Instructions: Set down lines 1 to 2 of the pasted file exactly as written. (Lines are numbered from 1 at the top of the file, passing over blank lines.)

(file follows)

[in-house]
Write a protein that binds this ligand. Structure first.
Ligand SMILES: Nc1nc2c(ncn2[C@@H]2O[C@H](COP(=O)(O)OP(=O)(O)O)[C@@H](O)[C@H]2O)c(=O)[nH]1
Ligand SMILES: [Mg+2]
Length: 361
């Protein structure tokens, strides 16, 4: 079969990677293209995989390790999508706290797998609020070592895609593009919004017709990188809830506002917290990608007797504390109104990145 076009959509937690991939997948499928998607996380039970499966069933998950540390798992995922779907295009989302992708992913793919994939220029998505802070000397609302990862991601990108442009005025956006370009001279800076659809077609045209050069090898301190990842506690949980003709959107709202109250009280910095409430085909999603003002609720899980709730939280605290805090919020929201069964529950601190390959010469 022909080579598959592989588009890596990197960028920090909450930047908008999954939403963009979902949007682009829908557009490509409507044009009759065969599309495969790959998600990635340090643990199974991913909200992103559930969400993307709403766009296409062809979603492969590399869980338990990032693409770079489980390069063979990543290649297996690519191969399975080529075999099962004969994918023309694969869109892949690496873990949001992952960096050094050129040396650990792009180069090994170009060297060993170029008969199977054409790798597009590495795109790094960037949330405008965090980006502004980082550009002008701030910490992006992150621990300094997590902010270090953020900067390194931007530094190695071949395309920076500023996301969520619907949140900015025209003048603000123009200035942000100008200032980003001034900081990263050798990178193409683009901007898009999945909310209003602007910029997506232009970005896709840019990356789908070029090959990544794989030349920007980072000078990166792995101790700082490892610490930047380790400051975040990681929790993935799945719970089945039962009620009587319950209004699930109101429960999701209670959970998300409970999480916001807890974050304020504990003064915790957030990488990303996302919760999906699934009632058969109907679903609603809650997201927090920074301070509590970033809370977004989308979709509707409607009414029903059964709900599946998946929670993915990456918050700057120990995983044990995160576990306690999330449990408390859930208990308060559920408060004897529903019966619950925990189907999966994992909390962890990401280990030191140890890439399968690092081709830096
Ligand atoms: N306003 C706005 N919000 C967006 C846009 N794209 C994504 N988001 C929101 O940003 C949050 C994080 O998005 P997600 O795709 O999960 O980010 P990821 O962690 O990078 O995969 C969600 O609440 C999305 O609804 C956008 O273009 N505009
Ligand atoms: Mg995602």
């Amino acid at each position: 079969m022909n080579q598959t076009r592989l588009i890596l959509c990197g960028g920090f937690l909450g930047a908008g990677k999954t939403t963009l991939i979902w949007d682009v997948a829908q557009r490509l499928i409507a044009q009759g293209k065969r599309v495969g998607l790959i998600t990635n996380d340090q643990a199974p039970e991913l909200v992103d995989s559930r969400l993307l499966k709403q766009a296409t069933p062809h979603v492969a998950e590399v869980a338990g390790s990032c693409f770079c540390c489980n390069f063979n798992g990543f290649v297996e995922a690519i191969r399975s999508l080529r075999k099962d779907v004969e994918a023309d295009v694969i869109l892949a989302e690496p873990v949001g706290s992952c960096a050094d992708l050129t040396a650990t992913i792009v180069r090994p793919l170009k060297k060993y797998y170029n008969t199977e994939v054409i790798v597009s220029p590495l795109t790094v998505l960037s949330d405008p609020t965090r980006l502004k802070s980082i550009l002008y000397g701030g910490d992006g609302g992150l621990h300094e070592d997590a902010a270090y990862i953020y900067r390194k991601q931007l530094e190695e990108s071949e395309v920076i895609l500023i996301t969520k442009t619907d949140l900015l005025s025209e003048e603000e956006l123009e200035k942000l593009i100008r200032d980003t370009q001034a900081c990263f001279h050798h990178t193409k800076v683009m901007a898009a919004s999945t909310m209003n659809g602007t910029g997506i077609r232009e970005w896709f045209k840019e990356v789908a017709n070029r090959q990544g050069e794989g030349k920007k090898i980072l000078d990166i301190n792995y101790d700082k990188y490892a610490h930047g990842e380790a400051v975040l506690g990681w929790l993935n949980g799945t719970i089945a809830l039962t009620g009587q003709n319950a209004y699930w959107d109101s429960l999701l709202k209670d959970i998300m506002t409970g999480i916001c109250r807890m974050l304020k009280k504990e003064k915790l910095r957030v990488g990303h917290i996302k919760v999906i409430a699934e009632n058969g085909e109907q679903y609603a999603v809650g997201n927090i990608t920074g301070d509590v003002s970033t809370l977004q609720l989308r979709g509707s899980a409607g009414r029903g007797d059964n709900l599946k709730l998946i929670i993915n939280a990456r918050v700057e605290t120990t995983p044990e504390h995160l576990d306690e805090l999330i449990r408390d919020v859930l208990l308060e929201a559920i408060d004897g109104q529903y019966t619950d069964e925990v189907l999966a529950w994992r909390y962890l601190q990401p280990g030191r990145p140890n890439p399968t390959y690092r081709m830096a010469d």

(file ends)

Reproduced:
[in-house]
Write a protein that binds this ligand. Structure first.